Sanitizing crew turned away at Ebola patient’s residence in Dallas

Four days after a man was diagnosed with Ebola in Dallas, the apartment where he stayed has not been sanitized, a cleaning crew contracted to do the job said. Four other people are still living there.

Thomas Eric Duncan became the first person diagnosed with Ebola on American soil when he was hospitalized this week after arrival from Liberia.

His partner and her family are in isolation at the apartment, which still has the sheets and towels used by Duncan.

Before leaving his homeland, Duncan answered no to questions on whether he was exposed to the deadly virus, said Binyah Kesselly, board chairman of the Liberia Airport Authority.

Duncan had been helping Ebola patients in Liberia, including caring for one at a residence outside the capital of Monrovia, Liberian community leader Tugbeh Chieh Tugbeh said.

Cleanup delayed

As concerns grow over how many people he may have exposed to the deadly virus, a plan to sanitize the apartment was delayed late Thursday.

Brad Smith of the Cleaning Guys, the company hired to sanitize the apartment, said they do not have the proper permits to transport hazardous waste on Texas highways.

Smith said authorities sent them away late Thursday before they entered the apartment and told them to come back with proper permits. It’s unclear how long that will take.

“The permit is being processed through DOT (Department of Transportation) because it is a special permit,” Smith said.

“This is a unique situation. Once awarded our hazmat teams will be allowed back inside to do their jobs.”

This was Duncan’s first time in the United States, according to Wilfred Smallwood, his half-brother.

Smallwood said he was visiting his son and his son’s mother in Dallas. Duncan’s partner has been quarantined in her Dallas apartment, the woman told CNN’s Anderson Cooper. The woman, who asked to be identified only by her first name, Louise, is quarantined with one of her children who is younger than 13 and two nephews in their 20s.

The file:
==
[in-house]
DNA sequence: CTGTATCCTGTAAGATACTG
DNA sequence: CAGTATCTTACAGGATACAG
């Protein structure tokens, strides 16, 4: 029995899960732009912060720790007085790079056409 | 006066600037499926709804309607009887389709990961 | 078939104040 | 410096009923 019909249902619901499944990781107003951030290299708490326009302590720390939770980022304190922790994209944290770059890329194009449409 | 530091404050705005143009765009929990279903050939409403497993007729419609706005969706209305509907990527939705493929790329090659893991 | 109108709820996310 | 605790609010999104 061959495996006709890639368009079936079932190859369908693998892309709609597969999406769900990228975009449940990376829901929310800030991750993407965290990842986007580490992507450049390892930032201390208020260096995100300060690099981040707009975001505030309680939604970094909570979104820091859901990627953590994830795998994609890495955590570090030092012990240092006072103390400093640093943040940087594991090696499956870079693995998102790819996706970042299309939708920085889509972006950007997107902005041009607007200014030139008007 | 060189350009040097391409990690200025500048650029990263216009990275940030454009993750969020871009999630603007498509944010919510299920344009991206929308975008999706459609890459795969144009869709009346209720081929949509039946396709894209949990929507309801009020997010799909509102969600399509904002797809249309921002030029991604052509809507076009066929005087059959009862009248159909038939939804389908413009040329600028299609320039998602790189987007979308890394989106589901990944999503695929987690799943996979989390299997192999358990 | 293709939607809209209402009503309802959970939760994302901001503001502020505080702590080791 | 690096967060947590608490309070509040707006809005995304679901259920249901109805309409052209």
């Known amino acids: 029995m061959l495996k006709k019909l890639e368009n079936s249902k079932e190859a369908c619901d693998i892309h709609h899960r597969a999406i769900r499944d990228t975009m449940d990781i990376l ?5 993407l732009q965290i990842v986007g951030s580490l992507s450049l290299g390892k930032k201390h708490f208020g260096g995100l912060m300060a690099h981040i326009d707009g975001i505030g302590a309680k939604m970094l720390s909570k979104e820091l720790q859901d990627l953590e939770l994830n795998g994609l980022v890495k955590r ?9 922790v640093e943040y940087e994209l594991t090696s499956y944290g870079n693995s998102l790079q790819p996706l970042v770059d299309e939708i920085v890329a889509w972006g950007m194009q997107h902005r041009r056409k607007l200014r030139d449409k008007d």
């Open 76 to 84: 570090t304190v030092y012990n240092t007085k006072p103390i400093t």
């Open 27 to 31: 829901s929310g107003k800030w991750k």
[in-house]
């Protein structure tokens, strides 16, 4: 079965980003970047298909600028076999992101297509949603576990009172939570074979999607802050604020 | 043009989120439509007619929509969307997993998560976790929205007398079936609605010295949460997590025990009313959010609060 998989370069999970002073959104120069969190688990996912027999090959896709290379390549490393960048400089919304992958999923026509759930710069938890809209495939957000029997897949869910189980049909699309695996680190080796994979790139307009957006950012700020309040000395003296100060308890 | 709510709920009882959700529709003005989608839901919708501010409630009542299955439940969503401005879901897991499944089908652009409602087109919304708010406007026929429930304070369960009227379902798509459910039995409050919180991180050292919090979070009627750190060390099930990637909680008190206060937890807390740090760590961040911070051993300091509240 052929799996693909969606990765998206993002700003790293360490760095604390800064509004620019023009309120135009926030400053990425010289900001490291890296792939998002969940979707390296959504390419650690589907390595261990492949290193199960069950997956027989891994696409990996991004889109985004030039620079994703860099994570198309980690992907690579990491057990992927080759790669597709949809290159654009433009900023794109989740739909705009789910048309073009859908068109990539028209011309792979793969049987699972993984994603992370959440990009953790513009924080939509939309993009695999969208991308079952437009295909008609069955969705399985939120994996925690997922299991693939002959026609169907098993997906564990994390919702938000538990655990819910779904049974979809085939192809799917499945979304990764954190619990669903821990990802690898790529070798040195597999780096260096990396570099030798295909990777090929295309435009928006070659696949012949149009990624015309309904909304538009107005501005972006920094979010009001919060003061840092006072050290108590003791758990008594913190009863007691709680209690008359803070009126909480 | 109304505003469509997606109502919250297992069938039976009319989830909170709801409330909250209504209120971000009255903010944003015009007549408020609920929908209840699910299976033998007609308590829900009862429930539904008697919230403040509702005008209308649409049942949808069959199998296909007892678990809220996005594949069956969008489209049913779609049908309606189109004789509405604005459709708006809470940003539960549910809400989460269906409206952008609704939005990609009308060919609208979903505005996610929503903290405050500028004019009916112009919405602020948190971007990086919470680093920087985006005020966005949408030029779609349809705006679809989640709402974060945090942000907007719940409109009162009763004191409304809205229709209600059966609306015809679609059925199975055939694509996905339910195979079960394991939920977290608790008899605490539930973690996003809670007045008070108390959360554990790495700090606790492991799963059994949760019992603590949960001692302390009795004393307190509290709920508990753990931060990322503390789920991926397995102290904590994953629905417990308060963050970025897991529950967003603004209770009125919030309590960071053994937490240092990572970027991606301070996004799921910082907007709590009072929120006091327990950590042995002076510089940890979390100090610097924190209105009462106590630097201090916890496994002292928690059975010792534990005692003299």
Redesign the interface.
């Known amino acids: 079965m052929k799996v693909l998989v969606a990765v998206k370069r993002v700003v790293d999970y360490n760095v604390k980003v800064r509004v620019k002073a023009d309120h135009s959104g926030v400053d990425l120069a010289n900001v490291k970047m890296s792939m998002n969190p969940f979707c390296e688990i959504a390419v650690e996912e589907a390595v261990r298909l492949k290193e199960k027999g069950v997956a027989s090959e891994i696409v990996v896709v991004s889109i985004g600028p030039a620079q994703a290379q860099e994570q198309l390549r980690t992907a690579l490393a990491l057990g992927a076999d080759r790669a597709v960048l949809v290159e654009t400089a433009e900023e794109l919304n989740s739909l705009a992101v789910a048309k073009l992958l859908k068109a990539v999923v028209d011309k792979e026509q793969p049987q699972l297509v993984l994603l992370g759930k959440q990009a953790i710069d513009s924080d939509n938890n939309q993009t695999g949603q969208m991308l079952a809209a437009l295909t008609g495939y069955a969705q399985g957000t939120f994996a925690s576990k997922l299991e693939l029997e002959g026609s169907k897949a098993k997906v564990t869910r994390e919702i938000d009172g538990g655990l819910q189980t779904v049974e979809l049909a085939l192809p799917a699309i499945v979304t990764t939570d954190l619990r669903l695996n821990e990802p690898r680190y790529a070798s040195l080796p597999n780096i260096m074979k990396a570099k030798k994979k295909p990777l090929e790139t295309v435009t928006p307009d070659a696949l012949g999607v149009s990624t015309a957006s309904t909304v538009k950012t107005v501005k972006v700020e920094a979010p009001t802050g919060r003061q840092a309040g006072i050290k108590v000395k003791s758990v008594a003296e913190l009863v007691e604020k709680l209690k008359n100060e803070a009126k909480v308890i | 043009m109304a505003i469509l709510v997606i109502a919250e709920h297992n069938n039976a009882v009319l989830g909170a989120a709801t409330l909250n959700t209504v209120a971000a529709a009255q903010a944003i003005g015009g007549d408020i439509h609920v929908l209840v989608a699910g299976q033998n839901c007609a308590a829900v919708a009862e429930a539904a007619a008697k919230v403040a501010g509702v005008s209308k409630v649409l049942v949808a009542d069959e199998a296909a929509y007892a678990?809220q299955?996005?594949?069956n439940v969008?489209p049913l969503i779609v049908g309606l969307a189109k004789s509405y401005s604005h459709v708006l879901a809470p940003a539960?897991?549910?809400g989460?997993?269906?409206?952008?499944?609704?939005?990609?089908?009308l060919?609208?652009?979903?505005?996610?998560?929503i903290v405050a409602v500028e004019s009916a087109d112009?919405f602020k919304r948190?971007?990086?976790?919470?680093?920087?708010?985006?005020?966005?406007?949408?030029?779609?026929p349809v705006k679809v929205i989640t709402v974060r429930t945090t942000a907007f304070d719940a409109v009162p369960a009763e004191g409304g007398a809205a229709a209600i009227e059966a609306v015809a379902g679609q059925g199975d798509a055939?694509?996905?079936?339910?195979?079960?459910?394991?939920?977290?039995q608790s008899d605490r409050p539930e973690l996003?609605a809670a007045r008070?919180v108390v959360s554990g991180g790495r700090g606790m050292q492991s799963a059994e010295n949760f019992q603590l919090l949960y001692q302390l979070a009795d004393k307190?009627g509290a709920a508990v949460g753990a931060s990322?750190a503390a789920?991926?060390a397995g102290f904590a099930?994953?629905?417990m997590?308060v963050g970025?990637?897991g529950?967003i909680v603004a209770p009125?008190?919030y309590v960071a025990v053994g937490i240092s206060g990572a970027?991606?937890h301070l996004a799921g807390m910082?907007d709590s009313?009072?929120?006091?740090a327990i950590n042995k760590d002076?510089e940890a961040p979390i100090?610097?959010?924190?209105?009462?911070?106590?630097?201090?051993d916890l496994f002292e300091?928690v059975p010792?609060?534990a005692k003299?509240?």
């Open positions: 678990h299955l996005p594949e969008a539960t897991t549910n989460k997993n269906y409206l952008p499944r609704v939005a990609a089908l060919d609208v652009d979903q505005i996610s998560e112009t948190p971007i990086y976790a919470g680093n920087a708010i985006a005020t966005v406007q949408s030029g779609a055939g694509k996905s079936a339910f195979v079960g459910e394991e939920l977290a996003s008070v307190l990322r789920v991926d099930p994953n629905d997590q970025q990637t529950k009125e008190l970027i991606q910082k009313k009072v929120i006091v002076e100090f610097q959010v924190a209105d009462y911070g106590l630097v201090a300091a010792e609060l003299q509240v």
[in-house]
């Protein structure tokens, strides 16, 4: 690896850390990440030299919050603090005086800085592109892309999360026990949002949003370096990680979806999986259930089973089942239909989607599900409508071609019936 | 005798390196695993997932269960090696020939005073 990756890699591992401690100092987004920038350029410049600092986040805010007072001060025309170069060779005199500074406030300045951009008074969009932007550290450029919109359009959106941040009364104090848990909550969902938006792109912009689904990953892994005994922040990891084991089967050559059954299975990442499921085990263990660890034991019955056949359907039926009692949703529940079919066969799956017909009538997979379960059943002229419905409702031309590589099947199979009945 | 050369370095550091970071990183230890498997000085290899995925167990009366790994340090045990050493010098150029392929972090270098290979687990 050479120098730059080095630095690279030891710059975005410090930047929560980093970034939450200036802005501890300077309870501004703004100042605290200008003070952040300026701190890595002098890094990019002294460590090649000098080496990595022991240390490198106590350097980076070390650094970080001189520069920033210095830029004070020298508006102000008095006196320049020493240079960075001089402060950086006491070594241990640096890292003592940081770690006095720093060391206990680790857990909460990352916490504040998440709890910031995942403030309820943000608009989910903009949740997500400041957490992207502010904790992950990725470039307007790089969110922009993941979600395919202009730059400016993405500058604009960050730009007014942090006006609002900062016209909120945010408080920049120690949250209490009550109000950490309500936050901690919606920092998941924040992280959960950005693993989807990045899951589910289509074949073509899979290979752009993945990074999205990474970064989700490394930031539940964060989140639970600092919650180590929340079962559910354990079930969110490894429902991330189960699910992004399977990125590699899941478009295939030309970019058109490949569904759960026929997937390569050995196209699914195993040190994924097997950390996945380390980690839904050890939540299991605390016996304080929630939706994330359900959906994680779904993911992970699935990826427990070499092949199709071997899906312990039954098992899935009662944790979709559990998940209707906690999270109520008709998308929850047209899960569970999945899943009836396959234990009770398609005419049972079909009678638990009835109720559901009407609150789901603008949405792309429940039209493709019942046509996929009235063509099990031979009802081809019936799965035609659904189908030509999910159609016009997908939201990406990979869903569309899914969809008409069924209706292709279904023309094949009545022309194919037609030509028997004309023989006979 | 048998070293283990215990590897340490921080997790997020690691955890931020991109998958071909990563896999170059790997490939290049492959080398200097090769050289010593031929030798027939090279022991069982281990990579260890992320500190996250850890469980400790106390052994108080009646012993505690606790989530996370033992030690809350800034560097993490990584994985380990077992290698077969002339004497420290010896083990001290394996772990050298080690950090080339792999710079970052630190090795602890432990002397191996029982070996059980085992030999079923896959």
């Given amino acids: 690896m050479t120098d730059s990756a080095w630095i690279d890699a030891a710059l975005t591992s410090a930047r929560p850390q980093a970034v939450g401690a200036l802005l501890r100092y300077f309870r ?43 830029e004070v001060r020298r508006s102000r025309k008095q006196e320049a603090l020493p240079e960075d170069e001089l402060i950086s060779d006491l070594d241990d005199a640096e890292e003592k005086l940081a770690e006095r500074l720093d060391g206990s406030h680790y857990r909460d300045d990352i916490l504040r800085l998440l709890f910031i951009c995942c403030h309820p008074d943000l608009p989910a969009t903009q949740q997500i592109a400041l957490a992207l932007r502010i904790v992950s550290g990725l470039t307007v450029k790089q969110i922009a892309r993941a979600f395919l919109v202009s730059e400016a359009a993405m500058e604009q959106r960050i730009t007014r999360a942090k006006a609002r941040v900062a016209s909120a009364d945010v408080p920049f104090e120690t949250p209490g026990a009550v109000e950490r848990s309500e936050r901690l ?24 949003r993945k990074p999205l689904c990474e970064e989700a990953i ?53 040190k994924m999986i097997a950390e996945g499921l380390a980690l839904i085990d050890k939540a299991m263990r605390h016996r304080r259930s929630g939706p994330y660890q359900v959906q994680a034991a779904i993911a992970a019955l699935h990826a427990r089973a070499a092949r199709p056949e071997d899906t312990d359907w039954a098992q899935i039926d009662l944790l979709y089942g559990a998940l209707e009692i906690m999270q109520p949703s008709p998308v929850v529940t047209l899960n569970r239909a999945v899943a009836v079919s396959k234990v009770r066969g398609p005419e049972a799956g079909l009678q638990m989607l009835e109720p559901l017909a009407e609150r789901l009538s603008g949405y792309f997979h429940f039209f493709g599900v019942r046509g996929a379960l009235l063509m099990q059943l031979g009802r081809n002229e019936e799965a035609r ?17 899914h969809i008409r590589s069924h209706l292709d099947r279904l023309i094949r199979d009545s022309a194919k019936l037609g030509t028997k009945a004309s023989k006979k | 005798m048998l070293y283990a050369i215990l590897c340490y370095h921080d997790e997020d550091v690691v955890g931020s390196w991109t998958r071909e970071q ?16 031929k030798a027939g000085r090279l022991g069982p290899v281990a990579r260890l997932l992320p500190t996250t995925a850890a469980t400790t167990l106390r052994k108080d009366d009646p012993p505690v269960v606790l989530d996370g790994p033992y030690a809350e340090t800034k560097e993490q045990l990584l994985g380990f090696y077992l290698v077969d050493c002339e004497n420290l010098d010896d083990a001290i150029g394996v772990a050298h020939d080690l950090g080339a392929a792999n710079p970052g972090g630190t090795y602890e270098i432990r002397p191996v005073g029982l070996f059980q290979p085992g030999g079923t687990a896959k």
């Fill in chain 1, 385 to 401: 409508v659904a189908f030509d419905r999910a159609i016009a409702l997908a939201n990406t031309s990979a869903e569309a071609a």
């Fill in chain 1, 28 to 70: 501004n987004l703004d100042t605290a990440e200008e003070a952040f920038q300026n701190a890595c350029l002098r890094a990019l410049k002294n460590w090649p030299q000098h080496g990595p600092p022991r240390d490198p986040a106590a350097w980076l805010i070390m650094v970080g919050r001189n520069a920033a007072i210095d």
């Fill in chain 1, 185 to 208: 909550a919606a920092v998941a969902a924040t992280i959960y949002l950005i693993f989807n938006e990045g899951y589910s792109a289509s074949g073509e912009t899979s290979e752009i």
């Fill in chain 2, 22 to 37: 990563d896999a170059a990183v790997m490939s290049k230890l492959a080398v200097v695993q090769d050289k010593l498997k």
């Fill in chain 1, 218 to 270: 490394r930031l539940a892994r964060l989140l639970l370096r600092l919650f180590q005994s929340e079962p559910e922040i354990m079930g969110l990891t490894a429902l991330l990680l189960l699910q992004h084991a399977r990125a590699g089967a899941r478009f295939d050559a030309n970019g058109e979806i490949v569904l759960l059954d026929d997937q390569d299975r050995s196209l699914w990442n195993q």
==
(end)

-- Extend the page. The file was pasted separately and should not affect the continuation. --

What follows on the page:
Louise used bleach to clean her apartment, “but it’s not clear to me how systematic the cleaning was,” Cooper said.

Reaching out to dozens who had contact with him

Health officials are reaching out to as many as 100 people who may have had contact with Duncan, said a spokeswoman with the Texas Department of State Health Services. These are people who are still being questioned because they may have crossed paths with the patient either at the hospital, at his apartment complex or in the community.

“Out of an abundance of caution, we’re starting with this very wide net, including people who have had even brief encounters with the patient or the patient’s home,” spokeswoman Carrie Williams said. “The number will drop as we focus in on those whose contact may represent a potential risk of infection.”

The number of direct contacts who have been identified and are being monitored right now is “more than 12,” a federal official told CNN.

Being “monitored” means a public health worker visits twice a day to take the contact’s temperature and ask them if they are experiencing any symptoms.

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Dan Mullin is an active writer and editor for the Pluto Daily who covered the 2014 Ebola Outbreak. Mullin attended the Wake Forest School of Medicine before leaving to pursue his lifelong science goal of allowing humans to live forever via a computer/brain transfer.